$137,500 USD | Sold
| Hershey, Pennsylvania
- The height of Space Age power and luxury
- Most expensive Chrysler offered for 1960
- One of just 248 examples produced
- Powered by a 413 cu.-in. V-8 with dual four-barrel carburetors fed by a crossover Ram-Tuned induction system
- Strikingly finished in black over tan with a tan convertible top
- Equipped with highly desirable factory air conditioning
Debuting in 1955, Chrysler's vaunted 300-series “letter cars” established the company as a leader in performance and style. For a full decade, each successive model was given an assigned alphabet letter suffix, and today the cars are considered an important ancestor of the muscle car.
After three years of the same exterior design wrapped around body-on-frame construction, the 300F of 1960 brought major change to the series as the first letter car built with unibody construction. Passengers were treated to an interior with four individual, leather-covered, contoured bucket seats—also a first for the letter series. The front chairs swiveled to aid ingress and egress. A full-length center console running from the front to the rear of the cabin included armrests, storage compartments, power window controls, an ashtray, and a large tachometer. The futuristic AstraDome instrument panel featured an array of Space Age switchgear and a 150-mph speedometer illuminated by innovative Panelescent Light, a soft green glow designed to create less glare and thus be easier on the eyes.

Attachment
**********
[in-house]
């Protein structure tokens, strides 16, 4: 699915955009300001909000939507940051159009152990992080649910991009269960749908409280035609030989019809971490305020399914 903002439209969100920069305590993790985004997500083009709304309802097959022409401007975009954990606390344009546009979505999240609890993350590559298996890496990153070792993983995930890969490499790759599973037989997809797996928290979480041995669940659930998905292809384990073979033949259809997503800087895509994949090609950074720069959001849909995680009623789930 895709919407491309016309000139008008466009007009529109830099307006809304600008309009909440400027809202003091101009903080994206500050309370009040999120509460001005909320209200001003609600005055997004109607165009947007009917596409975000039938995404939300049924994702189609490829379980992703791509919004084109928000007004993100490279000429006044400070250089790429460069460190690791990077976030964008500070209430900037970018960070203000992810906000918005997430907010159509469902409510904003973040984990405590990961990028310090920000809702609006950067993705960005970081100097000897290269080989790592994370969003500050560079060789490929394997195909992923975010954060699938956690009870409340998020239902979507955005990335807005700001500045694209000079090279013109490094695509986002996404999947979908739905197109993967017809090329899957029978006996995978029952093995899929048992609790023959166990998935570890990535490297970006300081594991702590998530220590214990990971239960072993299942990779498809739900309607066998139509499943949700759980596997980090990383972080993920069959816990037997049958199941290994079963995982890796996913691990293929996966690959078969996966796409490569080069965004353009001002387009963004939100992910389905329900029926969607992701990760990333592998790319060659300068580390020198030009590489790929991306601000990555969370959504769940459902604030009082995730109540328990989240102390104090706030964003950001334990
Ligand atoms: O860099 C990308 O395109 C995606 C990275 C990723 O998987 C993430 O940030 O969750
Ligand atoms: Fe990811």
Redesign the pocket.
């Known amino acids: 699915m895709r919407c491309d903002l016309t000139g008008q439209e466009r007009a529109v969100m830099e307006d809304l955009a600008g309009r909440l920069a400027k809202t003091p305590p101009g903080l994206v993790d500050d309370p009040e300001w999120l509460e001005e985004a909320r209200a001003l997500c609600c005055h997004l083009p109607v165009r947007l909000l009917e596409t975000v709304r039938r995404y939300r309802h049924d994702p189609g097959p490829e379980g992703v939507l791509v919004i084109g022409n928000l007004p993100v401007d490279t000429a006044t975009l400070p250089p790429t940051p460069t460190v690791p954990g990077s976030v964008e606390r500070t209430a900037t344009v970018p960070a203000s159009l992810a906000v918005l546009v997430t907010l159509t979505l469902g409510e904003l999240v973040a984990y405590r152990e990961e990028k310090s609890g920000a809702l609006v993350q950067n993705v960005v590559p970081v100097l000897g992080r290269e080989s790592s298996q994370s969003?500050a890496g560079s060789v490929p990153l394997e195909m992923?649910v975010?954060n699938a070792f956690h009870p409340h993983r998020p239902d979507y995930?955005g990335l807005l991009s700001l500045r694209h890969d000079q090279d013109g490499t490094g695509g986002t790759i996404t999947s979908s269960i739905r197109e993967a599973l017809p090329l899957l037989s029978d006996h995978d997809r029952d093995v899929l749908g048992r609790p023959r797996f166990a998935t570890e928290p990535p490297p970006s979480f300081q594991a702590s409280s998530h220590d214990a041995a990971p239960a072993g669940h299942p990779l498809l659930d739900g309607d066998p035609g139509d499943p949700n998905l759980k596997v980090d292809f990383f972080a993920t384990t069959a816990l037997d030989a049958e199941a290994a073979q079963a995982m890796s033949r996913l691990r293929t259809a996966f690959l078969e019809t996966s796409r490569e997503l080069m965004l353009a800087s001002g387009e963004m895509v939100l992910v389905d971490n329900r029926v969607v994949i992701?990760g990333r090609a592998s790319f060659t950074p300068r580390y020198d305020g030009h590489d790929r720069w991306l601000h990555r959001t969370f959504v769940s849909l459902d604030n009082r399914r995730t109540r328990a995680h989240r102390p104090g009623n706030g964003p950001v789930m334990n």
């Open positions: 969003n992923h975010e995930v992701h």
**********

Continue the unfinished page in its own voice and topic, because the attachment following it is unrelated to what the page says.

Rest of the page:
Under the 300F’s hood was a 413-cubic-inch Golden Lion V-8 engine fed by Chrysler’s all-new, NASCAR-inspired Ram-Tuned Induction system that positioned a pair of Carter four-barrel carburetors 30 inches away from their targeted combustion chambers. The runners between the carburetors and cylinders used sonic wave frequencies to compress the air-fuel mixture for greater midrange power. With its race-tuned enhancements, this version of the Golden Lion generated 375 horsepower and 495 pound-feet of torque when new. The most expensive letter car to date, the 300F Convertible listed for $5,841, even higher than Chrysler’s ultra-luxurious Imperial line. Just 248 300F Convertibles were built for 1960, including the impeccable example offered for sale here.
Finished in black over a sumptuous black and tan leather interior and equipped with the highly desirable factory air conditioning, this 300F wears a high-quality older restoration befitting such a pivotal automobile. The 300F is one of the more rakish examples of the Chrysler letter-car series, with its wide-mouth grille, sculpted rear decklid, and futuristic Panelescent Light instrument cluster that emits an ethereal glow at night.
Among the most dashing of all Chrysler’s letters cars, relatively rare, and cloaked in a show-stopping black finish, this 300F convertible represents a high-water mark in American automotive performance and luxury.